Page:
[ALAC] Fwd: US Circuit Court Upholds ICANN's Defense of the New gTLD Program
carlton.samuels at gmail.com
Sat Aug 1 16:08:38 UTC 2015
Carlton A Samuels
*Strategy, Planning, Governance, Assessment & Turnaround*
[image: ICANN] <https://www.icann.org/> News Alert
US Circuit Court Upholds ICANN's Defense of the New gTLD Program
31 July 2015
*Los Angeles, California*... The United States' Ninth Circuit Court of
Appeals has affirmed the dismissal of antitrust and other claims against
ICANN made by a company called name.space, related to ICANN's new generic
Top Level Domain (gTLD) Program, in an opinion published today
[PDF, 116 KB].
In 2013, a federal district court dismissed all of name.space's claims, and
today the Ninth Circuit affirmed that dismissal in all respects. name.space
alleged that ICANN violated the Sherman Act, and various trademark and
other laws, in establishing the New gTLD Program and setting the
application fee for new gTLD applications at US$185,000. name.space also
suggested that ICANN should set aside names found in name.space's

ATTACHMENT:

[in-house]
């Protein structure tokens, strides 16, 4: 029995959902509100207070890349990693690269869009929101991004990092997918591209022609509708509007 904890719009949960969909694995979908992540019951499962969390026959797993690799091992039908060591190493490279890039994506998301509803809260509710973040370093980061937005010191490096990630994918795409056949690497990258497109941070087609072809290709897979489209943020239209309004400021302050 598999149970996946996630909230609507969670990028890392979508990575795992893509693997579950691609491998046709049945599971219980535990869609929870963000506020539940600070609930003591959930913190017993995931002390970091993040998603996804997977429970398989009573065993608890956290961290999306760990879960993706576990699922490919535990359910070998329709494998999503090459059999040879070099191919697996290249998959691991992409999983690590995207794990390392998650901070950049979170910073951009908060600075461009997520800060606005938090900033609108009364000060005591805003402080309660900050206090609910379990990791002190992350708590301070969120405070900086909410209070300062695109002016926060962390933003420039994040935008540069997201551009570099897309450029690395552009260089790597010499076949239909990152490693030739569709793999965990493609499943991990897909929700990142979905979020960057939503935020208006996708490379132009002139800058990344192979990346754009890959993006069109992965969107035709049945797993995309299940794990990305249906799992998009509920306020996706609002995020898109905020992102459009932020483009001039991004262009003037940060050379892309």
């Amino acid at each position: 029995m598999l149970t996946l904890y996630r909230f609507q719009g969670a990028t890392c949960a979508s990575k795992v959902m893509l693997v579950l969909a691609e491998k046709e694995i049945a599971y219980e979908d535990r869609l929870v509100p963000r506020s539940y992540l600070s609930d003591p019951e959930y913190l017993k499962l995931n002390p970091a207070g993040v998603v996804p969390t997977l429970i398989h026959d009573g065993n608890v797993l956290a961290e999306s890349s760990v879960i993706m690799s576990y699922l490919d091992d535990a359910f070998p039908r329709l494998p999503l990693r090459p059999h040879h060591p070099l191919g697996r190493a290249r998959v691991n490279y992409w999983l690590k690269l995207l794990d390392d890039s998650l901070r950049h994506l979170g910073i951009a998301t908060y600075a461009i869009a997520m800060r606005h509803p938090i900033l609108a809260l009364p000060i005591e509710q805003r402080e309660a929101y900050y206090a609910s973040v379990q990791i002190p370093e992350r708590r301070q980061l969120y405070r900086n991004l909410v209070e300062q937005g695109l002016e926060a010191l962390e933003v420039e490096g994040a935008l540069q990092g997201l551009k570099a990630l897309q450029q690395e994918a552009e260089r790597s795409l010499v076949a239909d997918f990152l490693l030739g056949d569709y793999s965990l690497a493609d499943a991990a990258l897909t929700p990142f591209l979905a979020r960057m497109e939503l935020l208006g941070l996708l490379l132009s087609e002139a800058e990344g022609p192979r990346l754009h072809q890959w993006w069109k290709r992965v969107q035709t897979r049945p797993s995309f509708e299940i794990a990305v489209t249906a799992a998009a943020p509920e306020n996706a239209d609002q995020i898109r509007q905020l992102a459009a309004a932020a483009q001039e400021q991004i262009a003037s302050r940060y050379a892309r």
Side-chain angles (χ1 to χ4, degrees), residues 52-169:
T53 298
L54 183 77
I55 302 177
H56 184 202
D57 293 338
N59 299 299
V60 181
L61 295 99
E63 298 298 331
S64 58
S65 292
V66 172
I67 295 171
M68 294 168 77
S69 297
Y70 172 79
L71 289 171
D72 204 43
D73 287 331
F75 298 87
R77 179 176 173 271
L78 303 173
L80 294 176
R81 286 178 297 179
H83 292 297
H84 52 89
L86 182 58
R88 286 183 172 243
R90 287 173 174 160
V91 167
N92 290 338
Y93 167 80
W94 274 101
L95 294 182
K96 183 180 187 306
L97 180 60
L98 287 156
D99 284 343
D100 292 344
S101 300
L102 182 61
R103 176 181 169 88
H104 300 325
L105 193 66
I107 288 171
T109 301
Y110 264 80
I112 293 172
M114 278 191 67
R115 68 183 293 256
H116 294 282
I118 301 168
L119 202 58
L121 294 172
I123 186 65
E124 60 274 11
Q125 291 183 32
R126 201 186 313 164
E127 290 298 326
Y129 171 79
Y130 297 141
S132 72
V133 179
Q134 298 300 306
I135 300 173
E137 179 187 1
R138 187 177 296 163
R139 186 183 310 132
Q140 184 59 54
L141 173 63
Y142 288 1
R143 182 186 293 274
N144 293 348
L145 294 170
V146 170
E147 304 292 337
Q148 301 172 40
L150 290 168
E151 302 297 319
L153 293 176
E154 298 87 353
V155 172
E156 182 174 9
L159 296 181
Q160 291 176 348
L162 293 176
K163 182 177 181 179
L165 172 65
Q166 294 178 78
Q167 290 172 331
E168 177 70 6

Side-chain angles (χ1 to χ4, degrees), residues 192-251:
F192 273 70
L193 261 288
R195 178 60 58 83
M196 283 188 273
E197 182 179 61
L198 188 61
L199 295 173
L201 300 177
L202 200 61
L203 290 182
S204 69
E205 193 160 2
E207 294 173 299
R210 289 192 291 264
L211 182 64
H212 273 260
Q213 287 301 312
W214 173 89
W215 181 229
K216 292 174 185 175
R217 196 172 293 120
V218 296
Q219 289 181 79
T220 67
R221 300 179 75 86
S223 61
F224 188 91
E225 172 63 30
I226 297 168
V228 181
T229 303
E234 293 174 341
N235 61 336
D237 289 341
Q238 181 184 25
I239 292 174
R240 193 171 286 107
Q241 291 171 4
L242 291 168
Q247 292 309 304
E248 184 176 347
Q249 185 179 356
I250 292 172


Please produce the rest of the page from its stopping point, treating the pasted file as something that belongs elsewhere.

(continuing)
The plaintiff claimed that the rules and procedures governing the 2012 New
gTLD Program Application Round were the result of an illegal conspiracy
between ICANN, its board members and domain-name industry insiders, citing
U.S. antitrust law (specifically Section 1 of the Sherman Act).
"We are pleased that the Ninth Circuit agreed with the dismissal of the
claims against ICANN in this matter", said John Jeffrey, ICANN's General
Counsel and Secretary. "The rules and procedures governing the New gTLD
Program were created through a global, inclusive, open and multistakeholder
process, following a bottom-up policy development process leading to
consensus-based policy recommendations. Accordingly, the Court found it
could not "infer an anticompetitive agreement' from the facts presented in
In finding in favor of ICANN, the Court determined that “ICANN is not a
competitor” in the three relevant markets the plaintiff identified as the
basis of its monopolization claim (citing the tests from Section 2 of the
1. The market to act as a TLD registry;
2. The international market for domain names;
3. The market for blocking or defensive registration services.
Finally, the Court also found that name.space's trademark claims were not
ripe, and its common law claims did not allege sufficient facts to be able
to state a claim against ICANN.
ICANN was represented in this matter by Jones Day.
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